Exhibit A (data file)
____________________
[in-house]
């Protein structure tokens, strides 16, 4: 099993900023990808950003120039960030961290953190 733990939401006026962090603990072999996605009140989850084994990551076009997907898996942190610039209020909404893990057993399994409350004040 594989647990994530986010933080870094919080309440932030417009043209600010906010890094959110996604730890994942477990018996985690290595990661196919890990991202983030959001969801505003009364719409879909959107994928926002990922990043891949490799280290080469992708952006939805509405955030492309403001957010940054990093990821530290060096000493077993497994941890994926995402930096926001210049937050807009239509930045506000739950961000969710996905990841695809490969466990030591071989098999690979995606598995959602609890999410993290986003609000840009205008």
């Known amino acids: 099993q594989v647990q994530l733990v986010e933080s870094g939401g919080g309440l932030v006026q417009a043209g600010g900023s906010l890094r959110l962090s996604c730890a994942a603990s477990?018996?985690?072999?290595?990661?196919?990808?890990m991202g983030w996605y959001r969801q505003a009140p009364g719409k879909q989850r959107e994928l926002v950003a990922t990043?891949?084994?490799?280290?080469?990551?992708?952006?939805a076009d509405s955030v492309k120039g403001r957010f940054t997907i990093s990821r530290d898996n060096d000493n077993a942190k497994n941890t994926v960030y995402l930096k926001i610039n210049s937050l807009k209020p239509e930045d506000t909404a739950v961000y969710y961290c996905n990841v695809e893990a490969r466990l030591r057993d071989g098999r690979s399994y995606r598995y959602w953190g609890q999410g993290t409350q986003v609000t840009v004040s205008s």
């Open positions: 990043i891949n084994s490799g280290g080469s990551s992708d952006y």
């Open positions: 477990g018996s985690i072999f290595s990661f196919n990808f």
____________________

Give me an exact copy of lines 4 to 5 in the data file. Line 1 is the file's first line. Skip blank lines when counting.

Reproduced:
């Open positions: 990043i891949n084994s490799g280290g080469s990551s992708d952006y």
């Open positions: 477990g018996s985690i072999f290595s990661f196919n990808f």